Who said that graffiti art needs to be marginalised to be up there?
In Germany, it is very common to see graffitis on railway vehicles since the mid 1980‘s, shortly after graffiti art made it’s way over to Europe from the USA.
In the night between the 23rd and 24th of March 1985, the first window-down end to end graffiti on a train was sprayed in Germany. The train became famous as Geltendorf-Train which was sprayed on a total length of 54 m. This marked the start of an ongoing ‚battle‘ between graffiti-artists, (simple) vandalists and train/railway vehicle owners.
High cost, high danger
In 2016, the estimated total removal cost of illegal paintings on trains and other railway vehicles in Germany added up to a total (officially estimated) cost of 13 million Euro (approx. 23 million NZD).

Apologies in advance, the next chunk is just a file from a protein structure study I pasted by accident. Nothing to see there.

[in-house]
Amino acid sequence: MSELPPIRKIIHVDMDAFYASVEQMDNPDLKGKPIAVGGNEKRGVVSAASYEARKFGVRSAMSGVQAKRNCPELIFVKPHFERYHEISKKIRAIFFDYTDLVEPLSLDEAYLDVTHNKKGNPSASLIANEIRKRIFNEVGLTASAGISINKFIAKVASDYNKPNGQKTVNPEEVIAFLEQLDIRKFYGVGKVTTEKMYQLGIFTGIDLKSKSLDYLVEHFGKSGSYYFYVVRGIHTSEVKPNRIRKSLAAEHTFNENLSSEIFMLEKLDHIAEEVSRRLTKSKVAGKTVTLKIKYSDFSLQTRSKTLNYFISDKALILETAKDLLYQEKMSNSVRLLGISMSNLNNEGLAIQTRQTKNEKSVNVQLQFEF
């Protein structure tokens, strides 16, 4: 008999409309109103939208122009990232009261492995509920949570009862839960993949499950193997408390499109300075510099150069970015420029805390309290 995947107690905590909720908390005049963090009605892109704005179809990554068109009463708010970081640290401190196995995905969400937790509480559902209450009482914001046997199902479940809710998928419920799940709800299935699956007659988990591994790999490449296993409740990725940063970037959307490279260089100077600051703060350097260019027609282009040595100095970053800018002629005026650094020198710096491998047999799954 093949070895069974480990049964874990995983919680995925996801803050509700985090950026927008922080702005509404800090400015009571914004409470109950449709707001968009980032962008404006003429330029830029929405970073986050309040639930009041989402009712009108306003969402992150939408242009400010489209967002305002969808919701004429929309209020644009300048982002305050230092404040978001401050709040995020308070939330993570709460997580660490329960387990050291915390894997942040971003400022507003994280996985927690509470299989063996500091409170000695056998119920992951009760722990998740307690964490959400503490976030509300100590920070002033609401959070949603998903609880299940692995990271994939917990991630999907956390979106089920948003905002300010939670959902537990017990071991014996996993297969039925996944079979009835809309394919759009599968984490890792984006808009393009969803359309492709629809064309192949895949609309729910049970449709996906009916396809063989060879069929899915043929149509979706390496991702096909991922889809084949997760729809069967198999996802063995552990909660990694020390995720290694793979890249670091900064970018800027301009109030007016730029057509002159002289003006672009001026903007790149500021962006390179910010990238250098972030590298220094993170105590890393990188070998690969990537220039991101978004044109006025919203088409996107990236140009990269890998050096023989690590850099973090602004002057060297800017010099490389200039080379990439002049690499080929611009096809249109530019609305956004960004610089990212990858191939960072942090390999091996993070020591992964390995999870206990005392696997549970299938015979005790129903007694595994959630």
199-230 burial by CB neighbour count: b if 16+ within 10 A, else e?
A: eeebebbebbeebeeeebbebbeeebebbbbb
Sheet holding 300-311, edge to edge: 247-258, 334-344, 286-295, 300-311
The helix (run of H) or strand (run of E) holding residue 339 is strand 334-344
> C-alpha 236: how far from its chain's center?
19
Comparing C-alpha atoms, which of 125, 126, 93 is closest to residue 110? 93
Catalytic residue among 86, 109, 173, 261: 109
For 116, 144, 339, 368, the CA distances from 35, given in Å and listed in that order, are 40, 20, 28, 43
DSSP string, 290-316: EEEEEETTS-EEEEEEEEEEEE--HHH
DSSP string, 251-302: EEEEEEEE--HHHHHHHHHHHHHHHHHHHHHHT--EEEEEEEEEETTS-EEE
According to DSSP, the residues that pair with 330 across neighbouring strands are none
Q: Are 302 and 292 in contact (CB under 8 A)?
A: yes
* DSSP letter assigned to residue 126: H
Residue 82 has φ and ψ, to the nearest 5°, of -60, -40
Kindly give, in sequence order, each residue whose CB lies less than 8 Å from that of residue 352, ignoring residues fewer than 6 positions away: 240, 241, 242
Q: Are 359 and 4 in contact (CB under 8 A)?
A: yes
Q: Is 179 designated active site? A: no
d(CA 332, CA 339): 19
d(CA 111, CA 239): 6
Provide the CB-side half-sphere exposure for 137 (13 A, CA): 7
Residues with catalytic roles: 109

Spraying on railway vehicles is not expensive and illegal in many countries, such as Germany, but it is also dangerous for the graffiti artist as it exposes them to a potential threat for their lives (electrocution through living wires).
Easy fix?! ART on RAILS initiative
Instead of continuing to see graffiti art on railway vehicles as a negative form of rebellion and fostering ongoing mutual rejection, a collaboration between artists and railway vehicle owners should be sought! Immediately!
Let’s work together and form an alliance. Graffiti artists and railway vehicle owners collaborate to decriminalise graffiti on rails. And our transportation networks gets more colourful!
Goal: Paint railway vehicles according to a joint plan using the vehicles as ‚canvas‘.
Advantage: Marginalised artists get a platform to express themselves and companies avoid reoccuring (unproductive) costs.
Talented graffiti artists apply within!